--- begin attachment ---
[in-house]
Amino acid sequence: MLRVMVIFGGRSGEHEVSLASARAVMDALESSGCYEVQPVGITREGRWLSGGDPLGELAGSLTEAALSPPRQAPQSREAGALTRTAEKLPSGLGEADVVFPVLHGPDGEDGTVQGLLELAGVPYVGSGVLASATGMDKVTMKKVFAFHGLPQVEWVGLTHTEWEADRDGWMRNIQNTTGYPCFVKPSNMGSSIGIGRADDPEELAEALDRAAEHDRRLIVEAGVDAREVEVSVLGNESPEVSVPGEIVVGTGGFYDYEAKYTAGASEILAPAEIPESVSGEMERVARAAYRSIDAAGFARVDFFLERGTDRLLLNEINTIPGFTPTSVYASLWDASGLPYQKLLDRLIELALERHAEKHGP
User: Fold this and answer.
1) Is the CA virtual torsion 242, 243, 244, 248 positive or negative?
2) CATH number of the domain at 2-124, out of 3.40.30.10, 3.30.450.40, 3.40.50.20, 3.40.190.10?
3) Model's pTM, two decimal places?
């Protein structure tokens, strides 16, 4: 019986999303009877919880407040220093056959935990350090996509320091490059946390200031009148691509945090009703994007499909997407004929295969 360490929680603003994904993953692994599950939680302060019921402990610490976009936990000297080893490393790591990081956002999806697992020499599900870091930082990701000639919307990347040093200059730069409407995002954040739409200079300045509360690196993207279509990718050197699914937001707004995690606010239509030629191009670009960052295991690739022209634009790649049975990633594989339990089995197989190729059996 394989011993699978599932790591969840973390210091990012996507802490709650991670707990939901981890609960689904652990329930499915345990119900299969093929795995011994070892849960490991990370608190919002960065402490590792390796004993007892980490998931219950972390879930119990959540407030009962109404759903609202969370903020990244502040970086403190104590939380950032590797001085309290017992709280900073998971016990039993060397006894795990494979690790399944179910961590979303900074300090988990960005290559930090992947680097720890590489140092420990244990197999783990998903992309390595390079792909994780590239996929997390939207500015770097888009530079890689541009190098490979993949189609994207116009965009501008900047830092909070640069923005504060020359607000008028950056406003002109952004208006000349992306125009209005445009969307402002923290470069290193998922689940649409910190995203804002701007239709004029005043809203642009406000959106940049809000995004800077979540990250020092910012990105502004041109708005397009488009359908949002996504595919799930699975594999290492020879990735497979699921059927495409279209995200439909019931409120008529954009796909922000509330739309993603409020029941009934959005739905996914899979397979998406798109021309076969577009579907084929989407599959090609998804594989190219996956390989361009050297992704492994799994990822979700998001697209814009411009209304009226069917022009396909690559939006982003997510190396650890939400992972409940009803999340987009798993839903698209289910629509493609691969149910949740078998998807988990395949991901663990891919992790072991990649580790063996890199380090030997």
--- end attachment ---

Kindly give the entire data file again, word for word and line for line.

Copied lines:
[in-house]
Amino acid sequence: MLRVMVIFGGRSGEHEVSLASARAVMDALESSGCYEVQPVGITREGRWLSGGDPLGELAGSLTEAALSPPRQAPQSREAGALTRTAEKLPSGLGEADVVFPVLHGPDGEDGTVQGLLELAGVPYVGSGVLASATGMDKVTMKKVFAFHGLPQVEWVGLTHTEWEADRDGWMRNIQNTTGYPCFVKPSNMGSSIGIGRADDPEELAEALDRAAEHDRRLIVEAGVDAREVEVSVLGNESPEVSVPGEIVVGTGGFYDYEAKYTAGASEILAPAEIPESVSGEMERVARAAYRSIDAAGFARVDFFLERGTDRLLLNEINTIPGFTPTSVYASLWDASGLPYQKLLDRLIELALERHAEKHGP
User: Fold this and answer.
1) Is the CA virtual torsion 242, 243, 244, 248 positive or negative?
2) CATH number of the domain at 2-124, out of 3.40.30.10, 3.30.450.40, 3.40.50.20, 3.40.190.10?
3) Model's pTM, two decimal places?
């Protein structure tokens, strides 16, 4: 019986999303009877919880407040220093056959935990350090996509320091490059946390200031009148691509945090009703994007499909997407004929295969 360490929680603003994904993953692994599950939680302060019921402990610490976009936990000297080893490393790591990081956002999806697992020499599900870091930082990701000639919307990347040093200059730069409407995002954040739409200079300045509360690196993207279509990718050197699914937001707004995690606010239509030629191009670009960052295991690739022209634009790649049975990633594989339990089995197989190729059996 394989011993699978599932790591969840973390210091990012996507802490709650991670707990939901981890609960689904652990329930499915345990119900299969093929795995011994070892849960490991990370608190919002960065402490590792390796004993007892980490998931219950972390879930119990959540407030009962109404759903609202969370903020990244502040970086403190104590939380950032590797001085309290017992709280900073998971016990039993060397006894795990494979690790399944179910961590979303900074300090988990960005290559930090992947680097720890590489140092420990244990197999783990998903992309390595390079792909994780590239996929997390939207500015770097888009530079890689541009190098490979993949189609994207116009965009501008900047830092909070640069923005504060020359607000008028950056406003002109952004208006000349992306125009209005445009969307402002923290470069290193998922689940649409910190995203804002701007239709004029005043809203642009406000959106940049809000995004800077979540990250020092910012990105502004041109708005397009488009359908949002996504595919799930699975594999290492020879990735497979699921059927495409279209995200439909019931409120008529954009796909922000509330739309993603409020029941009934959005739905996914899979397979998406798109021309076969577009579907084929989407599959090609998804594989190219996956390989361009050297992704492994799994990822979700998001697209814009411009209304009226069917022009396909690559939006982003997510190396650890939400992972409940009803999340987009798993839903698209289910629509493609691969149910949740078998998807988990395949991901663990891919992790072991990649580790063996890199380090030997």